It certainly appears that the Texas Longhorns have come to a fork in the road, and now more than ever, head coach Tom Herman’s team needs to figure out who they are and which direction this season is heading.
One path — the path some may believe the Longhorns are already traveling — will force the wheels to fall off as Texas falls short again, and possibly again and again, ultimately falling short of every goal the Horns entered the season with.
The other path, perhaps, leads back to Arlington.
Each option is still well within the realm of possibility, and the simple reality is that at this point, neither outcome would come as too much of a surprise. The latter will require the Longhorns to address a laundry list of issues and enjoy a bit of help elsewhere, as well.
The former is likely the more expected outcome, and for obvious reasons.
Throughout the non-conference slate, Texas largely looked the part of an elite team, blowing out Louisiana Tech and Rice — a somewhat notable feat given that Texas failed to overwhelm teams it should have in recent seasons — and trading haymakers with an LSU squad that’s now ranked No. 1, which, at the time, arguably inspired more confidence about what Texas could become this season. But once the conference slate got underway, the Longhorns have looked good, at best, and more often underwhelming throughout their three most recent outings.
The score suggested otherwise, but Texas was entirely overmatched and out-played in a 34-27 loss to then-No. 6 Oklahoma. The following week, the final score of 50-48 was enough evidence of just how pedestrian the Texas performance was in a last-second win over Kansas. But a win is a win and despite the disappointing showing, Texas still controlled its conference destiny.
That’s no longer the case.
Another week, another regression, as arguably the worst showing of junior quarterback Sam Ehlinger’s Longhorns career paved the way for Texas to fall to an unranked TCU team by double digits, 37-27.
Now, a mere two and a half weeks after entering the Red River Showdown ranked No. 11 nationally, needing just one win over the Sooners to cement themselves as the Big 12 headliner, the Longhorns have lost two of three contests and are no longer in the driver’s seat for a Big 12 Championship appearance.
Not all is lost, but it soon could be if Texas continues down what appears to be their current path and continues to lose.
ESPN’s FPI projects that to prove true two more times this season, with the metric pegging Texas as road underdogs against both Iowa State and No. 12 Baylor. But first, Texas must defend its home field against a Kansas State team that’s now 5-2 and ranked No. 22 nationally after upsetting then-No. 5 Oklahoma.
Simply put, the road ahead isn’t going to get any easier for the Horns. So, soon enough, we’ll learn how how long the Longhorns can keep their Big 12 title aspirations within reach.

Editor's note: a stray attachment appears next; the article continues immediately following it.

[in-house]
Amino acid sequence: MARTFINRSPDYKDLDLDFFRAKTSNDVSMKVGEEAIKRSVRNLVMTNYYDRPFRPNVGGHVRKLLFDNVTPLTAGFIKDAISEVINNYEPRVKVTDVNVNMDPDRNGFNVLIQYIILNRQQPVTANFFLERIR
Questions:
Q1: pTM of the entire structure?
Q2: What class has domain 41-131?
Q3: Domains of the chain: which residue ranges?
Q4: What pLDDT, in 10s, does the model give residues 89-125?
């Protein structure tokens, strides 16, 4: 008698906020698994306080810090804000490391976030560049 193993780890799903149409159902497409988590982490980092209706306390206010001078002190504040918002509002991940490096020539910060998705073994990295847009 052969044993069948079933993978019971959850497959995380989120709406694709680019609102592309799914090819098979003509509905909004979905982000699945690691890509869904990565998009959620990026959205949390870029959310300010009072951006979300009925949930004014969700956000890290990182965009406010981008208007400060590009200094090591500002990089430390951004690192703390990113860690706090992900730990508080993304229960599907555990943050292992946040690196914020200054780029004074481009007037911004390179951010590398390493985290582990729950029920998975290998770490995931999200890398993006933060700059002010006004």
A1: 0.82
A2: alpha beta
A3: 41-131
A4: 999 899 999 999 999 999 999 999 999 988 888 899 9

To that end, despite the increasing sense of despair that seems to surround the program at this point, it’s worth noting that Texas’ goal of returning to the Big 12 title game is still quite attainable.
As far as the sheer path to Arlington in concerned, all Texas needs to do is win each of its final four games and pray to the college football gods that Oklahoma does the same. ESPN’s FPI anticipates the Sooners to take care of things on their end.
On the other hand, while the recent Texas outings don’t inspire much confidence, LSU and Oklahoma are now in the rearview, so the Longhorns will quite arguably arrive to each contest as the more talented team on paper. That should prove especially true with Texas set to re-incorporate an influx of talent in defensive back starters Caden Sterns, B.J. Foster, and Jalen Green, as well as likely key contributors in defensive back DeMarvion Overshown and running back Jordan Whittington, who has been sidelined since the second week of the season.
That collection of talent — as well as others not mentioned — missing more than their fair share of time is among the most notable reasons the Longhorns have regressed throughout the Big 12 slate. Said returning starters will certainly help as far as Texas’ secondary woes are concerned. Other concerns, such as some necessary schematic tweaks and the issues on special teams should be more fixable — should — especially with Texas entering another bye week with an opportunity to reset and resolve a few of its most damaging deficiencies.
It Texas can do exactly that, then every remaining game is winnable.
Again, while the Horns won’t be picked by many to run the table until Texas does show marked improved in the necessary areas, it also wouldn’t surprise too many if an excellently-timed bye week and the injury bug relenting a bit paved the way for the Longhorns to knock off a few teams most would have picked Texas to beat just a few weeks ago.